Developed for a home-improvement company in Australia. These three separated widgets are part of their website which provides a custom product enquiry process.
This article may contain some technical terms which provides an overview of how I constructed this custom functionality. If you have any questions, please let me know.
What is the main problem?
This time, the problem will not come from the client but the development approach. The client only wants a separate enquiry form for each product. These forms work like an “add to cart” functionality in an e-commerce website. But instead of adding the products to the cart, they want their customers to add the products in the global enquiry email.
The main enquiry form was generated using Contact Form 7, a contact form generator in WordPress.
I can just create separate enquiry forms in Contact Form 7 then add them to each product. I can also customize these forms to disable the form submission and just save the submitted values into some kind of storage like the Local Storage.
That would be a good solution, right? But there are features that the client wants that will just make the functionality development complicated.
First, the client wants a “cart” like widget where they can see the products that were added to their enquiries. For every product that was added and removed, the “cart” like widget needs to update as well.
Another feature, although this feature was not requested by the client. I want to add a section in the main contact form where the customers can see all the products they have added, the customers can also remove a product if they want. I think adding this feature will improve the user experience.
I’m sure you notice what will be the issue.
Each widget is separated but these widgets must communicate to each other to update their view or their UI. The widgets must share the same state so they will update in real-time.
You might notice as well that these widgets are located in a different part of the website, one in single product pages, the “cart” like widget is in the main header and the overall enquiries list is on the Contact page. They don’t share the same parent DOM element.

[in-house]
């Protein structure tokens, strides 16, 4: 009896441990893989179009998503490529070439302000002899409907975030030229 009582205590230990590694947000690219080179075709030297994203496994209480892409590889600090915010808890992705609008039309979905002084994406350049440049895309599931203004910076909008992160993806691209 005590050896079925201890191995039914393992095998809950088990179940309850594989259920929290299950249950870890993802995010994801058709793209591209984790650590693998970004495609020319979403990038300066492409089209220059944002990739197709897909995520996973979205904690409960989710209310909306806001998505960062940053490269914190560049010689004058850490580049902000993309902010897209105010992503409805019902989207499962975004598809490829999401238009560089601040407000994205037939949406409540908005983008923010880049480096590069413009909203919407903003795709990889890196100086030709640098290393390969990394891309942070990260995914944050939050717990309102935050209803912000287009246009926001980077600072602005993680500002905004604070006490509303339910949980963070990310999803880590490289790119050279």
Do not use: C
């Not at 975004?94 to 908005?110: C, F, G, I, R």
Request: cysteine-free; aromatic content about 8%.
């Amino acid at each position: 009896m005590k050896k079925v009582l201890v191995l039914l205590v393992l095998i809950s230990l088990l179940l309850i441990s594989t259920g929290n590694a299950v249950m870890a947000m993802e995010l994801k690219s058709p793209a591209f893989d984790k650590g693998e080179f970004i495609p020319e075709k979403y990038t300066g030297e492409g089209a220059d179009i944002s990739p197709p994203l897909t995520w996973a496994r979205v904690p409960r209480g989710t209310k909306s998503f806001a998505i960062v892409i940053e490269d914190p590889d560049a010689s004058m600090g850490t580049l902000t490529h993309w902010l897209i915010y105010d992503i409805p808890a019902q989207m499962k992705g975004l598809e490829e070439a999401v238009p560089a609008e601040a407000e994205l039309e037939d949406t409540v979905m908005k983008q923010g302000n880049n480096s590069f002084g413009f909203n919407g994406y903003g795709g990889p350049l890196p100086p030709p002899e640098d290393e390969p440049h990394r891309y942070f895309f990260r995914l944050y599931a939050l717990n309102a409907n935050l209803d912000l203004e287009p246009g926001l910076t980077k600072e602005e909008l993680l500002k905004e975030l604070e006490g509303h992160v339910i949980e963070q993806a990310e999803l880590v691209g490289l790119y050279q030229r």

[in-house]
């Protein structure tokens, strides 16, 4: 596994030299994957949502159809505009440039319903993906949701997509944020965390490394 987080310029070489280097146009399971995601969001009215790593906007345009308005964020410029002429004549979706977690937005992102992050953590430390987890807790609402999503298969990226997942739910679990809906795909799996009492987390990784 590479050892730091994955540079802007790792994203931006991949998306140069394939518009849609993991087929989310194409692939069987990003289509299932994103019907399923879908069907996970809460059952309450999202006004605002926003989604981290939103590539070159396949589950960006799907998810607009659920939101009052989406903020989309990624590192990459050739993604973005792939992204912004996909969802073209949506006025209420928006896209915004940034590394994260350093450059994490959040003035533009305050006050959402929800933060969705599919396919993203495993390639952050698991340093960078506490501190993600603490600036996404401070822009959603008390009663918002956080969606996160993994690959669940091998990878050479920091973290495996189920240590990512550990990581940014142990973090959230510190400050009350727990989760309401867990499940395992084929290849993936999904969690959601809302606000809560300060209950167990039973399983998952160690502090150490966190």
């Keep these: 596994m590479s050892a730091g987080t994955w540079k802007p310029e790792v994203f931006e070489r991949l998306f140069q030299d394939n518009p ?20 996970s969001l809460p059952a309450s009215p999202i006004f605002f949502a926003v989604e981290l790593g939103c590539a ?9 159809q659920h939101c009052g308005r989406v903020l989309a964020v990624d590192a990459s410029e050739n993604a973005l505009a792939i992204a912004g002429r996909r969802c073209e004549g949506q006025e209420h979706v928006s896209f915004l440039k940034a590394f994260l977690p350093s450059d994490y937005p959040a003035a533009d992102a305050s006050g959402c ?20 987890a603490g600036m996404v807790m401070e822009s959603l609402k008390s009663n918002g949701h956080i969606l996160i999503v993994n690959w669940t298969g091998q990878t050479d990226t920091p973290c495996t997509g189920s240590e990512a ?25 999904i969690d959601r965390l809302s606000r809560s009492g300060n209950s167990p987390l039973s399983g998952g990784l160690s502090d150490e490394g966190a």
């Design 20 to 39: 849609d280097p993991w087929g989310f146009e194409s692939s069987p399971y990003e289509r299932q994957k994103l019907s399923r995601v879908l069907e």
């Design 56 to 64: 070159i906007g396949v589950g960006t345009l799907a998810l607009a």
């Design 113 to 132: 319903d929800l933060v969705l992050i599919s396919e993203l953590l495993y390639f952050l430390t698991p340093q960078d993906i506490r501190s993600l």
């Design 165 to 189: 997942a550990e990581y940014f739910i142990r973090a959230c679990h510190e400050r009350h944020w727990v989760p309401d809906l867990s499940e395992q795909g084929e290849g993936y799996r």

A little heads up! These widgets are built using React but if you know how React works, all the components are rendered to a parent DOM element by default.
Now let us go to the next section and talk about how I built the features and came up with a solution.
How I built the application?
I’m not saying that this is the correct way of doing this kind of customization but I just want to share how I did it. I know there are lots of ways how to accomplish this. Please understand that these are just an overview and not the complete process.
Let us talk about how I built each feature first and later how I connected each widget.
The enquiry forms:
All the form data was dynamically generated by the back-end. The client website was using Advanced Custom Field plugin, a plugin that provides custom fields or data. I think it’s better and much faster to use it than to build a custom form input generator.
Then I used these form input data and integrate them with Formik so that I have a dynamic form for each product.
These forms do not need to send something, it just needs to update the state. I used React Context and React Hooks to control the global state instead of Redux state management package. If the customer submits the form, the submitted values will be saved to the global state.
The “cart” like widget or the overview enquiry widget:
This widget was located in the main header. This widget will show the total of enquiries the customer has and also the title of the items.
Whenever a customer submits a product enquiry or removes an item, this widget will update.
This widget gets its data to the global state. This widget was built also using React but in separate parent DOM element.
The overall enquiries list:
This section was added to the main contact page. Before the customers submit their message, they can review their products. They can remove product items if they want.
All the products that they have added will be included in the main contact form submission.
This was also rendered on a different parent DOM element, and it gets its data to the same global state as well.
How the components communicate?
So the question is how I connect these three components and make them share the same global state?
Well, React has a feature called Portals, you can create different React components and attached them to a different parent element. Basically, this portal serves as a bridge to these separated components so they can still communicate (in a way).
In my case, I just created different portals by using the “createPortal” method and enclosed all the components into the context provider. By doing this, even though they are separated they will still share the global state.
To be honest, I can’t remember what is the exact reason why I came up with this approach. As far as I can remember, my first solution was to depend only on every update of my global state in Local Storage.
That solution was not working, I’m not sure why. When I tried testing it by adding a new product enquiry, the overview widget in the header was not updating in real-time. The overview widget will only update after the next product enquiry submission, some sort of a delayed update.
Well, I have deadlines to meet, I need a better solution and Portals help me with these issues.
- The form input generator depends on a separate extension (Advanced Custom Fields). The form generator doesn’t have its settings.
- There is no remove functionality on the overview widget.